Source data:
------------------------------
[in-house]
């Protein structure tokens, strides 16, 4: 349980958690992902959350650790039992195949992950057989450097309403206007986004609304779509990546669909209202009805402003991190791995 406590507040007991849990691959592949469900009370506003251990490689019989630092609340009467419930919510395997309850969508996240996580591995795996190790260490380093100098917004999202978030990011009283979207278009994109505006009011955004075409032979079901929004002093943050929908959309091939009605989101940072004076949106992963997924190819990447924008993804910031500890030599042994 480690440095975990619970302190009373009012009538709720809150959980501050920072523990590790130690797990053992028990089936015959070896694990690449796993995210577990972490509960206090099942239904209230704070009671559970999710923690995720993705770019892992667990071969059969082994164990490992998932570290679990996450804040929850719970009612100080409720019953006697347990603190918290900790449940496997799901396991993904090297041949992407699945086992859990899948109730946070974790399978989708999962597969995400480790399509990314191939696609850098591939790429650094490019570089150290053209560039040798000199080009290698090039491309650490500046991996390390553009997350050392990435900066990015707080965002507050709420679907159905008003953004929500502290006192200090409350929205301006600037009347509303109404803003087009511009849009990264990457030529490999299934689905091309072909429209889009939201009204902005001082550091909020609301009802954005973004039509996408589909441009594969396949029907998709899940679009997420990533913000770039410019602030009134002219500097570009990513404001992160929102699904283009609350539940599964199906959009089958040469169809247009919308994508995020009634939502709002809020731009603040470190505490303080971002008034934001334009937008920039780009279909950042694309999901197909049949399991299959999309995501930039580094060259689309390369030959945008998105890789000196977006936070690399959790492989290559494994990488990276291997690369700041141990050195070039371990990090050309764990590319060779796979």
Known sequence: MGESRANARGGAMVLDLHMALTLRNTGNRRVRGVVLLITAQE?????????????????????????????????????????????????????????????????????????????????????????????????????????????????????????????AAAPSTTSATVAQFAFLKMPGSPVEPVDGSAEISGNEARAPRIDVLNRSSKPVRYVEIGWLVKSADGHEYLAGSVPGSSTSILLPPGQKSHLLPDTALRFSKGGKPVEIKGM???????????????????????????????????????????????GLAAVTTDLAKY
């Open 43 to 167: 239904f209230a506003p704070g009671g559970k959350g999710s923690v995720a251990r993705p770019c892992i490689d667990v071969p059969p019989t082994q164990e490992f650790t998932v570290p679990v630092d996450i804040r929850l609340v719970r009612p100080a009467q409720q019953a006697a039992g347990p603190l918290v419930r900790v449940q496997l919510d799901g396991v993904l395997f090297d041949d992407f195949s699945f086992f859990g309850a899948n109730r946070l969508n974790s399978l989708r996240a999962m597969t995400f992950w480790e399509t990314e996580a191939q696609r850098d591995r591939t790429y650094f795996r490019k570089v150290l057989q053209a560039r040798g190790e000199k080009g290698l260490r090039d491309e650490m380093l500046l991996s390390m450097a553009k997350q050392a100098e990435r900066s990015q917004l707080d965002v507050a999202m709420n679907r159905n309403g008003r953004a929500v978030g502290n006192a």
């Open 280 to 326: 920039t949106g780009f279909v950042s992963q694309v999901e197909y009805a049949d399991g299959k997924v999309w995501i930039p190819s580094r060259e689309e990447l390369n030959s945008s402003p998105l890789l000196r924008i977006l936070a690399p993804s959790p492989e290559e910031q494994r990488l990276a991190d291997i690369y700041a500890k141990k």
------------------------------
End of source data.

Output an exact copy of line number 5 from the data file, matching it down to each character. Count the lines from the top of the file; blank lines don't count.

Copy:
């Open 280 to 326: 920039t949106g780009f279909v950042s992963q694309v999901e197909y009805a049949d399991g299959k997924v999309w995501i930039p190819s580094r060259e689309e990447l390369n030959s945008s402003p998105l890789l000196r924008i977006l936070a690399p993804s959790p492989e290559e910031q494994r990488l990276a991190d291997i690369y700041a500890k141990k």